Fact-Checking History’s First Draft

, Malcolm A. Kline, Leave a comment

Journalism, the old cliché goes, is the first draft of history. Unfortunately, it rarely gets through rewrites before it hits the classroom.

Yesterday’s headlines often look a bit silly when viewed through a microfiche, and not just because that technology is itself becoming dated. As the archives of our sister organization, Accuracy in Media, show, the original reporters often got the big stories of their day wrong.

One who, more often than not, got it right, was veteran journalist and broadcaster Neal B. Freeman. Although not, as he points out in his book Skirmishes, a household word, he did work with a few legendary figures who were, such as William F. Buckley, Jr., at National Review.

As it happens, National Review Books recently published Skirmishes, a collection of columns, reviews, articles and speeches that Mr. Freeman delivered over the past 40 years or so. One part of the book worth pausing over here is his commentary on our last Republican president, who is lately back in the news due to his criticism of our current Republican president.

Indeed, said critique may yet give George W. Bush a respect on college campuses that he could never attain during his two terms as president. Do not be surprised if speaking engagements and reappraisals are forthcoming. Ironically, during the Bush years, W had the reputation of being a conservative. Freeman helps dispel that notion.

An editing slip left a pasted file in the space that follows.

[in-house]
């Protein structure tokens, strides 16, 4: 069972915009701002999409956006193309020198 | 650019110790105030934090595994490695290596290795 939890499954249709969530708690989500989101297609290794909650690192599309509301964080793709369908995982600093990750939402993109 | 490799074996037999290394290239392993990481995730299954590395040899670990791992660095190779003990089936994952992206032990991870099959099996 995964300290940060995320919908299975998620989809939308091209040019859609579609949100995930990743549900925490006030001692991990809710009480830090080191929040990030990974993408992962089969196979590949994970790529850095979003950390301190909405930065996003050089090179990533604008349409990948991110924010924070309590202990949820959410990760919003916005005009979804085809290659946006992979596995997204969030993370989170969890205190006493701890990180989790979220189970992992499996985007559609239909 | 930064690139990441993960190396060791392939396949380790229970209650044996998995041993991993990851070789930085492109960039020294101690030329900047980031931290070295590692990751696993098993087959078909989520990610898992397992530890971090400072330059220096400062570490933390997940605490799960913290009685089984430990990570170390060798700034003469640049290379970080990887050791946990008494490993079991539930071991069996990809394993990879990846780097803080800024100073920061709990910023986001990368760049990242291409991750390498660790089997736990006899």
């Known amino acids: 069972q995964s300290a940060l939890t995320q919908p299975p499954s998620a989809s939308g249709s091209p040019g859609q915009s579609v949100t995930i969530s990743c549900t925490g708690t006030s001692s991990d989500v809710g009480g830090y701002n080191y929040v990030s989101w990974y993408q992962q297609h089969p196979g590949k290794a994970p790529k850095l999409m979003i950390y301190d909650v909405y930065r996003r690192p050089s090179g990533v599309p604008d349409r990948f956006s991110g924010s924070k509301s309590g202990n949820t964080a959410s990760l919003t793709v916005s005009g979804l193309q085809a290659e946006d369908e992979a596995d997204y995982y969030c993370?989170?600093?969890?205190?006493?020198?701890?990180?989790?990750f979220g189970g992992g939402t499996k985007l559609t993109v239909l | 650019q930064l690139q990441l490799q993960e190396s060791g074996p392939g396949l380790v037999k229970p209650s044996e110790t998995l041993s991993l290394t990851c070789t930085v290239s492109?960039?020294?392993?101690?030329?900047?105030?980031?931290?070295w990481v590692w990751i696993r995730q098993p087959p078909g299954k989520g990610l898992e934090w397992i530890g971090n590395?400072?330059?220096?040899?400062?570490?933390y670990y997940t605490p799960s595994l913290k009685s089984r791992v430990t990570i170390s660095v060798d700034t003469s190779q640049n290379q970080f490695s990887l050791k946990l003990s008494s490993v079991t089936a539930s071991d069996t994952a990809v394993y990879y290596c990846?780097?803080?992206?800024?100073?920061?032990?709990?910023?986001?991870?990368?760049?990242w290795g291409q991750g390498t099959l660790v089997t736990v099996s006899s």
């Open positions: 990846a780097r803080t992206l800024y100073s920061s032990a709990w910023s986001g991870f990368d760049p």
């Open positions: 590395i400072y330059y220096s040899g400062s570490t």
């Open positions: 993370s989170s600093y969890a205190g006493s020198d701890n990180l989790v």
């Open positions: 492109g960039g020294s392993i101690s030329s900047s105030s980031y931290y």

“With George W. Bush, conservatives voted for Reagan and got Nixon,” Freeman said in an interview in 2013. Later, in that same interview, he noted, “But in political terms, the Bush 43 legacy is already set in stone.”

“He nurtured, promoted, and helped entrench a consultant class that maintains a chokehold not only on party structure but on much of the donor base that funds it and the commentariat that promotes it.” I’ve seen a lot of them: They make Karl Rove look Reaganesque.

Of the TEA Party, Freeman pointed out one reason why it was anathema to Democrats and Republicans alike in 2010: “We know what they’re against: the sad and widely unremarked fact that Obama is conducting what looks to many people very much like a third Bush term—bailouts, stimulus, entitlement expansion, war escalation, wall-to-wall Tenth amendment overreach from the school to the hospital to the bank to the gas station.”

In addition to his decades of writing for National Review, Freeman has also served as director of the Corporation of Public Broadcasting and producer of the public affairs television program, American Interests. Although formerly a denizen of the Washington, D. C. area, he did not become enamored with the region, much to his credit.

Even when he was in it, he wasn’t of it. Put it this way, he saw it as a swamp before our current president acknowledged that it was. “In Washington, and marbeled throughout its pricey suburbs, there’s income inequality of a different sort,” he wrote in 2015. “The richest counties in the country—Fairfax, Montgomery, Loudoun, and the rest—are now clustered in the metro Washington area.”

“They’re rich not because D. C. has just emerged as the Silicon Valley of the East or the North Dakota of the South. The D. C. region produces few new products, few new services, but is rolling in boomtown money, nonetheless.”

“Its faux prosperity is generated the old-fashioned way: by state coercion. The central government takes money from the folks ‘back home’ and spreads it around the lobby culture, creating a fix-and-favor economy so prosperous that it outstrips all—literally, all—of the productive communities ‘back home.’”

“This situation can’t be politically hygenic.” But it is bipartisan: After last year’s presidential election, I noticed that Republican Capitol Hill staffers were as disconsolate as their Democratic counterparts.